Author Topic: Cherry Street  (Read 6256 times)

gnimbley

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Cherry Street
« Reply #15 on: August 20, 2005, 08:44:34 pm »
Cherry Street

Chapter Four



Thursday, August 11

Karen bounded up the stairs two steps at a time to Roberts' apartment. She knocked on the door
twice and let herself in.

"Justin," she called out. "You have to see this."

Justin Roberts was sitting at a dilapidated card table in his kitchen with Mark Beason, a short, thin,
red haired man with wisps of hair on his chin. An array of picture cards lay on the table between
them.

"Hey, Karen," said Roberts. "In the kitchen.

Karen rushed into the kitchen holding several newspaper clippings in her hand. "Oh, I'm sorry. I
didn't know you were busy," she said.

"Whoa," said Beason. "Never too busy for you, babe."

"It's okay," said Roberts. "What have you got?"

Karen glanced at Beason who was eyeing her lower body with what he considered an appreciative
smirk. She turned to Roberts and handed him the clippings. There was a sheet of yellow notepaper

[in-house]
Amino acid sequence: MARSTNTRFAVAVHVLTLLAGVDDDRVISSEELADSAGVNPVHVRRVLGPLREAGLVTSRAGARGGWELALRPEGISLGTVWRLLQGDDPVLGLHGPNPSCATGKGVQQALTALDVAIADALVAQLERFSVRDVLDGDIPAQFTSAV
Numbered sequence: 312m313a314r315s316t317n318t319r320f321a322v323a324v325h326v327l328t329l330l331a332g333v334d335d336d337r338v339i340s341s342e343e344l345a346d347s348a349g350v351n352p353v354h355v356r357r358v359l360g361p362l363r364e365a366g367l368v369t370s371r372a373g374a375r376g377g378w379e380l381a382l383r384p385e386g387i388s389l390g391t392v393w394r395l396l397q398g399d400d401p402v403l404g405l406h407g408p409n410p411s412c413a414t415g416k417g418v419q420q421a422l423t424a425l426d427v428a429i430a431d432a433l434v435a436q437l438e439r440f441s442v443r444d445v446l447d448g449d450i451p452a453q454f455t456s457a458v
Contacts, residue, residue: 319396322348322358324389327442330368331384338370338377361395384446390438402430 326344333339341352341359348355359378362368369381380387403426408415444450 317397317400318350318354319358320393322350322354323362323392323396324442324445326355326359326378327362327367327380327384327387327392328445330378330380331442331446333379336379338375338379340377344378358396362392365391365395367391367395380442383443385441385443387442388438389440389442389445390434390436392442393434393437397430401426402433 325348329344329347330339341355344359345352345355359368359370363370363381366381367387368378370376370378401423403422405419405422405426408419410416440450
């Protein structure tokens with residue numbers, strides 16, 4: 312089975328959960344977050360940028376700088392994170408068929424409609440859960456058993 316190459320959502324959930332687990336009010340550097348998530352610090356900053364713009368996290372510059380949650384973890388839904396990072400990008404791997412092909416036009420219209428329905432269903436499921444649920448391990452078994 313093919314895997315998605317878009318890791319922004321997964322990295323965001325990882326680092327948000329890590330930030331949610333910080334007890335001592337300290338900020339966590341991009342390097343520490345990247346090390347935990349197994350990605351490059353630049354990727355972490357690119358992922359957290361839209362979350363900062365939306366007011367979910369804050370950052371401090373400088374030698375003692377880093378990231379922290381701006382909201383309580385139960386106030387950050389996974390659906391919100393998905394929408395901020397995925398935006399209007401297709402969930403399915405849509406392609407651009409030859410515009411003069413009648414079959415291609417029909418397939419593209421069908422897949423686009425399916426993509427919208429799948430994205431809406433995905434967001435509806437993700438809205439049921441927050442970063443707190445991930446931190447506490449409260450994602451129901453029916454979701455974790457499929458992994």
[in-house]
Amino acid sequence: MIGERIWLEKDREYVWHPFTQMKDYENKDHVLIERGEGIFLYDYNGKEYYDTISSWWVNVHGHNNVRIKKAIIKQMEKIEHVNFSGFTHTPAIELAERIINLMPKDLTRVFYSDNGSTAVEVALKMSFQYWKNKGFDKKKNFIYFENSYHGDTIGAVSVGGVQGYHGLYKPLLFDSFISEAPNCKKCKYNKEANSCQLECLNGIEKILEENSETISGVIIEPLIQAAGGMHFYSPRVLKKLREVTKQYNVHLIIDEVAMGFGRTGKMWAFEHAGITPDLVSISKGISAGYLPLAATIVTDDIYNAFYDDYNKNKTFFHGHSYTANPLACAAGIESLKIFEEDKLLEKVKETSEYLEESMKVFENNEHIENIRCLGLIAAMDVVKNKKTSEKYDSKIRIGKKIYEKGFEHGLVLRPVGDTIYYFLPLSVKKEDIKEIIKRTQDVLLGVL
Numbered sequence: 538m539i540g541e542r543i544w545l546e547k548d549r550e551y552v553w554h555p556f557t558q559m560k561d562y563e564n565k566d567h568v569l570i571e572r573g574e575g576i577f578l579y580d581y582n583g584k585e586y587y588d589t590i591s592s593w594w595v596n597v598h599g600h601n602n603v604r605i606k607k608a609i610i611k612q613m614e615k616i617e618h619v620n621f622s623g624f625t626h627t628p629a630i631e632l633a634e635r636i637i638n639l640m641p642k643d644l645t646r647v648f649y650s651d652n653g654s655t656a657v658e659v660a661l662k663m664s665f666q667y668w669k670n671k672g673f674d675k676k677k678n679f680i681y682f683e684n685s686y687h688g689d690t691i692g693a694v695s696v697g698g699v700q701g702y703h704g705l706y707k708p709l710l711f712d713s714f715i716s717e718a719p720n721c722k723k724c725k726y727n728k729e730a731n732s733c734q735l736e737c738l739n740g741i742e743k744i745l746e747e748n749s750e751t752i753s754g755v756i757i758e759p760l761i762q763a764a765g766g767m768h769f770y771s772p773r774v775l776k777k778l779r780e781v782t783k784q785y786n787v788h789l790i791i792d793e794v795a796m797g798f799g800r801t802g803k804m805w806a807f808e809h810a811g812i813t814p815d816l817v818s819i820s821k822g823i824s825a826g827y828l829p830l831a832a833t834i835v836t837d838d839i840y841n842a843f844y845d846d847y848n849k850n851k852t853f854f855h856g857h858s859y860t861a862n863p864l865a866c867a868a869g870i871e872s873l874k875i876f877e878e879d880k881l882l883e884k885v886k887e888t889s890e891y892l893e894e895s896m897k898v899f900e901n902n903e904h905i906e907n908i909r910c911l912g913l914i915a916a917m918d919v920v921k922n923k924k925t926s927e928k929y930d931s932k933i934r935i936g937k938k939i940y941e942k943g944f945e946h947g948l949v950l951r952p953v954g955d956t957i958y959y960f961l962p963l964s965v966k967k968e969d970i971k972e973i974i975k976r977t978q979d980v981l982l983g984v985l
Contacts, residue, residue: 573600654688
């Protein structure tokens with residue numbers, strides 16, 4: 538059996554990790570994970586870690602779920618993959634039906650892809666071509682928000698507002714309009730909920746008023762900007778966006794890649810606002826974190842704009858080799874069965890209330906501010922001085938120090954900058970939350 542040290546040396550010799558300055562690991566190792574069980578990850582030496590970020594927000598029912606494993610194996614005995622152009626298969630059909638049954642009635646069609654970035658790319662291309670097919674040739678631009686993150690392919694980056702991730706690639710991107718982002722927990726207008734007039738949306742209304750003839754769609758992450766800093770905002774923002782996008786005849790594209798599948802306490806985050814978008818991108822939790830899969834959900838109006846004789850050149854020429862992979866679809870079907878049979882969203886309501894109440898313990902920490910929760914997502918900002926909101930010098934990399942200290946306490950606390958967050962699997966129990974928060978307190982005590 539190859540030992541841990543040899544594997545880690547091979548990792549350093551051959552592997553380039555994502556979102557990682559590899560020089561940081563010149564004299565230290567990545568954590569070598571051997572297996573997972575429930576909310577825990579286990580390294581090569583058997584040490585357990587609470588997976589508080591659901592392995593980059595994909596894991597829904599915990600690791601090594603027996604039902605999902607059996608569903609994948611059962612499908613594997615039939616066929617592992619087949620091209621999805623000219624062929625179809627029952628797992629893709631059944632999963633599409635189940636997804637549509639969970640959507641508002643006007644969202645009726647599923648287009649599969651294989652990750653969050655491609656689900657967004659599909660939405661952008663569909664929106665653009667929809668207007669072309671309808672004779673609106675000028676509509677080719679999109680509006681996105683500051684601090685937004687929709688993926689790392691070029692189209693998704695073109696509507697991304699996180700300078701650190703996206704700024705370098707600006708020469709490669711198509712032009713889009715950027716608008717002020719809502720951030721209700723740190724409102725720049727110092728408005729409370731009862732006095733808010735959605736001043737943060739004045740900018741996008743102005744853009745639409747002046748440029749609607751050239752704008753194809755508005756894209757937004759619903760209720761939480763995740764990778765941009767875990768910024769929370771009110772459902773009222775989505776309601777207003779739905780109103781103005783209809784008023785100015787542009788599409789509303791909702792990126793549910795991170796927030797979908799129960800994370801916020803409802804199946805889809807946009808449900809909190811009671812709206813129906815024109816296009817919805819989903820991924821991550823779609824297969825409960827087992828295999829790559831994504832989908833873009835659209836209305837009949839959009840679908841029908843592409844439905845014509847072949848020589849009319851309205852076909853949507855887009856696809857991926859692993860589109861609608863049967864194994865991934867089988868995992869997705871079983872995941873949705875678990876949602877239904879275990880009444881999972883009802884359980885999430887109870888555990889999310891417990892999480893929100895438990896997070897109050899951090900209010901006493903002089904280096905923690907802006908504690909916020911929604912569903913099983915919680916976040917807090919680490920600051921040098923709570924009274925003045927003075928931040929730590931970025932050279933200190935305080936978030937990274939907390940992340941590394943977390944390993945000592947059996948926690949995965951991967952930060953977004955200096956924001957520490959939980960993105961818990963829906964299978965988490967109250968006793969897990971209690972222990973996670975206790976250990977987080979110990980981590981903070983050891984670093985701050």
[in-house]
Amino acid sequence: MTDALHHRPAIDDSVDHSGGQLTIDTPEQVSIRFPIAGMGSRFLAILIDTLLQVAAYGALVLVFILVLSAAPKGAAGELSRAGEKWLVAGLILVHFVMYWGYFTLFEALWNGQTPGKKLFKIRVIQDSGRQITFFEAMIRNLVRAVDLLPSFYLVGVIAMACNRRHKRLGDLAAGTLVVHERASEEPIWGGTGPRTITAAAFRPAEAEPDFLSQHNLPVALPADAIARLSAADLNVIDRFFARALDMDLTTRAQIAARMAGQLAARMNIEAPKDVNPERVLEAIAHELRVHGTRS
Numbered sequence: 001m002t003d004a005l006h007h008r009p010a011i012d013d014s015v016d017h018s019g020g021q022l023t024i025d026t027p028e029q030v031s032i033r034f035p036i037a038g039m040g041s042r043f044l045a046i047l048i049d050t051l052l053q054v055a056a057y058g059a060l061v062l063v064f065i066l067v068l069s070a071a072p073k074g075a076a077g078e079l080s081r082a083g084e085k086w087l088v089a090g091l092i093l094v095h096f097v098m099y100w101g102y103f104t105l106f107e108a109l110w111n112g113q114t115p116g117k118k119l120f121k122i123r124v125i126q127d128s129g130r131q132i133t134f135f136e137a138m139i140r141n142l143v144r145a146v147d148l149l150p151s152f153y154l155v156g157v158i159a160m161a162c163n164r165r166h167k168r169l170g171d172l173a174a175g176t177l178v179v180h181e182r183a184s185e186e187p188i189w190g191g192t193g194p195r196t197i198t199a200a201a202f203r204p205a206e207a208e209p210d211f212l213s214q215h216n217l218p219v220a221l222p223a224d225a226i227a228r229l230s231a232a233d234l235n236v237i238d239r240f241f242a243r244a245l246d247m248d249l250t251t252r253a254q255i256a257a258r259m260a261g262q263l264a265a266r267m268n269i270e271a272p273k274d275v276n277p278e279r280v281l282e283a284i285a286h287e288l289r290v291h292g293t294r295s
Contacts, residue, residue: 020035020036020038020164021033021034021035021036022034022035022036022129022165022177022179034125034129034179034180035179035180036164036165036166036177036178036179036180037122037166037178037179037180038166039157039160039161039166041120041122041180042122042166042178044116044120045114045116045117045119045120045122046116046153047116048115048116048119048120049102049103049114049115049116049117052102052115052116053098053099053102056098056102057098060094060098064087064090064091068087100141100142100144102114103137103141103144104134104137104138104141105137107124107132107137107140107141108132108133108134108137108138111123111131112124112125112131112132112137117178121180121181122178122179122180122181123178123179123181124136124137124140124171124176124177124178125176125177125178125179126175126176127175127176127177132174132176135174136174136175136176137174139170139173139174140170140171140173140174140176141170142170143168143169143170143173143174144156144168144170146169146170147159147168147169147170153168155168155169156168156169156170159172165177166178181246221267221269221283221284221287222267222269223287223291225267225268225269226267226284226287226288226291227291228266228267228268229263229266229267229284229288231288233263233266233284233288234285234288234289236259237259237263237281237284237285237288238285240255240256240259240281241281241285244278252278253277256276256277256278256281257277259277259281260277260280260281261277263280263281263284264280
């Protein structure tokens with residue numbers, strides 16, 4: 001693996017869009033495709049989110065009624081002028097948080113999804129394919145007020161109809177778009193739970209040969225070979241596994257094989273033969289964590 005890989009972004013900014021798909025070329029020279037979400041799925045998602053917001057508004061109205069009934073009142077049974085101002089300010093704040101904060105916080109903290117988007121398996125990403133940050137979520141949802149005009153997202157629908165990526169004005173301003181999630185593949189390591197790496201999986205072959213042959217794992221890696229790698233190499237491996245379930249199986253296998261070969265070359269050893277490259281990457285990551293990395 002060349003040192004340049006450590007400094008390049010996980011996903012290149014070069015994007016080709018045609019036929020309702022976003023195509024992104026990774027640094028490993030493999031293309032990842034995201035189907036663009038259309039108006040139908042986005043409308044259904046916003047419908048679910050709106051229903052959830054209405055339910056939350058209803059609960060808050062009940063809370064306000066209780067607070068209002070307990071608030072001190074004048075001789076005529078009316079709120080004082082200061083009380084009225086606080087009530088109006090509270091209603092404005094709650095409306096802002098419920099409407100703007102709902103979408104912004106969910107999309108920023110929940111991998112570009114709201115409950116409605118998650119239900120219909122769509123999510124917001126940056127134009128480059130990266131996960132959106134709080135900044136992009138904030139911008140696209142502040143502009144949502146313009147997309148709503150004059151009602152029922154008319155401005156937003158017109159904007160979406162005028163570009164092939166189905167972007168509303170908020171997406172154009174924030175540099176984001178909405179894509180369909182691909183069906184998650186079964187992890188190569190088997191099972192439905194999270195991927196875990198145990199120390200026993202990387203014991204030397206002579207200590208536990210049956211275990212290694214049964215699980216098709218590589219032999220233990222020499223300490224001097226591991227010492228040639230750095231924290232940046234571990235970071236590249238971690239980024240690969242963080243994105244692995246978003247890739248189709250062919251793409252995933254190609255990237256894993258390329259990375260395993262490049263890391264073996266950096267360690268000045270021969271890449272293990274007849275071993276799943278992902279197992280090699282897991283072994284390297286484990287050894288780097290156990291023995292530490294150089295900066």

on top.

"I have correlated the information about the murders," said Karen. "There are several rather
interesting similarities about the crimes and the victims."

"You mean other than they were all men, killed around here by having their throats slashed?" said
Roberts.

"No way, man," said Beason. "You got some kind of slasher about here?"

"Apparently," said Karen. "All the murders occurred between 11 P.M. and 3 A.M. All the bodies
were found in an alley or within a few feet of an alley; and when they weren't found in the alley,
fresh blood was found there."

"Damn," said Beason. "How many of these murders have there been?"

"Four, so far," said Roberts.

"While I don't have access to the police reports and know what other similarities there might be,"
said Karen, "I have visited each of the murder sites and all the alleys lead to a late night eating
establishment like a deli or a fast food joint."

"Not restaurants?" asked Roberts.

"In one case," said Karen. "But in each case there is at least one place where you can just walk in
and get something to eat or a cup of coffee late at night. A place where you don't need reservations."

"There would be no record you were there," said Roberts.

"Exactly," said Karen.

"This is some heavy shit, man," said Beason. "Sounds like it isn't safe to be out on the streets at
night around here. Maybe I should walk you home, doll." Beason reached out his hand and stroked
Karen's leg. She pushed it away.

"I just live on the floor below," said Karen. "Besides you are more the slasher's type. He only kills
men."

"No shit," said Beason.

"You know," said Roberts, "Mr. Hormone here might have a point. It may not be a good idea for
you to get so wrapped up in all this, going to the crime scenes and all."